And finally, we mustn’t forget our finned friends. Twelve percent of the world’s total fish catch comes from the South China Sea. Most of it goes to China. The Chinese comprise twenty percent of the world’s population but consume more than a third of the world’s fish.

Because of competing claims, there is no effective regulatory fishing regime. The result is that the South China Sea is in danger of being severely over-fished. As fish are migratory creatures, this will have environmental consequences throughout the Pacific Rim.

Other countries also have claims. Brunei, Taiwan, Indonesia and the Philippines want a slice. Taiwan can be pretty much dismissed as riding on the Beijing coattails as part of their assertion that they inherited all pre-1949 Chinese rights. Brunei, Indonesia and the Philippines each claim part of the sea, but only Vietnam and China insist on ownership of the entire 2.2 million square miles.


A Vietnamese naval soldier stands guard in the South China Sea in this file – STRINGER/ Reuters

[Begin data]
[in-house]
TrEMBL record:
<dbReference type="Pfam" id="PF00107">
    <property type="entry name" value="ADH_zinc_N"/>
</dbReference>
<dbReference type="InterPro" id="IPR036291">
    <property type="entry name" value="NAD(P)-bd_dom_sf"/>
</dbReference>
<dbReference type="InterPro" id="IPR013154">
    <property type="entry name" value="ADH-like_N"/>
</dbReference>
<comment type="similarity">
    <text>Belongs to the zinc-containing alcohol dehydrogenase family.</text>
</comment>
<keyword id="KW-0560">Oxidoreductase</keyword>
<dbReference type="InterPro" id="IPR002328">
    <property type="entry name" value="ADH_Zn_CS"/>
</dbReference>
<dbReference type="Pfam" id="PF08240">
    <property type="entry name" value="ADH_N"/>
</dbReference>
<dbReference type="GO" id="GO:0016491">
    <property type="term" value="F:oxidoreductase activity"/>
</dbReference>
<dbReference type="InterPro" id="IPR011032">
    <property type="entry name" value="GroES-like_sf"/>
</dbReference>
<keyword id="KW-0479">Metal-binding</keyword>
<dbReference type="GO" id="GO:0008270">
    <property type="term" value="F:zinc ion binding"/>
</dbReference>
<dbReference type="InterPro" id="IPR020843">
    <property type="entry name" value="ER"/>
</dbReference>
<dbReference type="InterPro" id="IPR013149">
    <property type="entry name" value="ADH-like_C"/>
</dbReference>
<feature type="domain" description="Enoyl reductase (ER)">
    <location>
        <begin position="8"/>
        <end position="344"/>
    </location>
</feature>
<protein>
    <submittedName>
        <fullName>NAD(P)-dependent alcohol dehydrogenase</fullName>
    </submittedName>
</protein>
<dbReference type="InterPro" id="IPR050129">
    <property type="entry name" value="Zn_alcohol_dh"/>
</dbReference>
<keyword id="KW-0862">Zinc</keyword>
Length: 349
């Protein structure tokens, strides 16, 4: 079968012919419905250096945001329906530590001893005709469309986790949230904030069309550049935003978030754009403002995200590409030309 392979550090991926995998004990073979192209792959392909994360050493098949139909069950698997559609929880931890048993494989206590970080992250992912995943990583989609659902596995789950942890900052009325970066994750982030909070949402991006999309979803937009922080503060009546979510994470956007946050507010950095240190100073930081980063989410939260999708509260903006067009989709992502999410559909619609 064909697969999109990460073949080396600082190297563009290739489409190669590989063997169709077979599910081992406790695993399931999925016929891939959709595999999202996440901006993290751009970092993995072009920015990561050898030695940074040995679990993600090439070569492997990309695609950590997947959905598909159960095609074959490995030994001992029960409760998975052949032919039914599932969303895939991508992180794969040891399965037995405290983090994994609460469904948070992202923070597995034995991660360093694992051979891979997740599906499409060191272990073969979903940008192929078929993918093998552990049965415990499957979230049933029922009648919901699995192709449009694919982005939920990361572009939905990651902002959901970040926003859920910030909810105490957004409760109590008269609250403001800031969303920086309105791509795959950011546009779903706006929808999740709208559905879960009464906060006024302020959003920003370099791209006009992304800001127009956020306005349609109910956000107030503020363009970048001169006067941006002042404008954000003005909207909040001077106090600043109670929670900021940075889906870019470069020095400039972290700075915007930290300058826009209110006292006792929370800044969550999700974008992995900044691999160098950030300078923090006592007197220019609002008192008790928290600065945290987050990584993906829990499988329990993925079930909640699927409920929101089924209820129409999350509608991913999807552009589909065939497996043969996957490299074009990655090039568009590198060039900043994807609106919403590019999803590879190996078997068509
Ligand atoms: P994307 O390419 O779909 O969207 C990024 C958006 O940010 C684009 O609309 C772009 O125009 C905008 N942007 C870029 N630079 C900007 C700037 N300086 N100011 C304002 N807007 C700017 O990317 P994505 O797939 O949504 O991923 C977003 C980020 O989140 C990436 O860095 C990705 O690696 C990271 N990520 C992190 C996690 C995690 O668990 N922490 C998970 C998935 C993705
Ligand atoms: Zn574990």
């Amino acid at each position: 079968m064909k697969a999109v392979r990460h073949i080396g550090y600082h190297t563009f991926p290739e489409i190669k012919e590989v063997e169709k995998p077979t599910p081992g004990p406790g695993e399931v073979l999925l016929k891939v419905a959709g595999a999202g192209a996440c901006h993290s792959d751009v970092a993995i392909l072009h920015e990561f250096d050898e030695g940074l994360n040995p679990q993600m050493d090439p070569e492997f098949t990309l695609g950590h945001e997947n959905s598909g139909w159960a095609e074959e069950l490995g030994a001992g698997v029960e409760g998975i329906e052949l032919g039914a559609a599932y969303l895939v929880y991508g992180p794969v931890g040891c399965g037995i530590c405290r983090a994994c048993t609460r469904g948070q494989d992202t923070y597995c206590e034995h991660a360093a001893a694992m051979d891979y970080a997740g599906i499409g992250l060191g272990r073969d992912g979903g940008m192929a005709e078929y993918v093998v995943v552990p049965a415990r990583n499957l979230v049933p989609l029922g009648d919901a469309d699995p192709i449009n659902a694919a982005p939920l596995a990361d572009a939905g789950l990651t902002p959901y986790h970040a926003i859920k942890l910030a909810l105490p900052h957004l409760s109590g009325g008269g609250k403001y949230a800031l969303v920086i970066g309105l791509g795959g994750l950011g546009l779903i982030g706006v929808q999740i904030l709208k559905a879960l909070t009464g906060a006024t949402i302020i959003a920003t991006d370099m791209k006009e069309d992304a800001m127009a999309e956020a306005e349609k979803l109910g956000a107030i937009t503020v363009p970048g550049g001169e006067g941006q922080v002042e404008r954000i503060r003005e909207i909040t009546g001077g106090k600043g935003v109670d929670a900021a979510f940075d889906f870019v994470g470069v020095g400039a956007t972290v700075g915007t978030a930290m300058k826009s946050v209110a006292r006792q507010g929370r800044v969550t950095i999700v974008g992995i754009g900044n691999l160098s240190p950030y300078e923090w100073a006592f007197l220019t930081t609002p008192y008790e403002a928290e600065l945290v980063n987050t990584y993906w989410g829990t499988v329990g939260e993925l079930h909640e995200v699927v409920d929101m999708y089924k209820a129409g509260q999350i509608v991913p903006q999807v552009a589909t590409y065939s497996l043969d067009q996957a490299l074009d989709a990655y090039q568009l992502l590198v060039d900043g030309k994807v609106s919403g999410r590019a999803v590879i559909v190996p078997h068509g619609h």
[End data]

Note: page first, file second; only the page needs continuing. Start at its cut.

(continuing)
The Chinese and Vietnamese claims reach back to the dawn of Asian lawmaking and legal fortunes have been made—and will continue to be made—arguing the respective cases.

It would seem therefore, that the maxim about possession being nine-tenths of the law is particularly relevant in the South China Sea.  That is why Beijing has been piling sand and sinking concrete piles to turn reefs into military bases with barracks, ports and airstrips.

To lay down America’s freedom of the seas marker, Obama has personally protested to President Xi Jinping and sent destroyers sailing past the Chinese installations.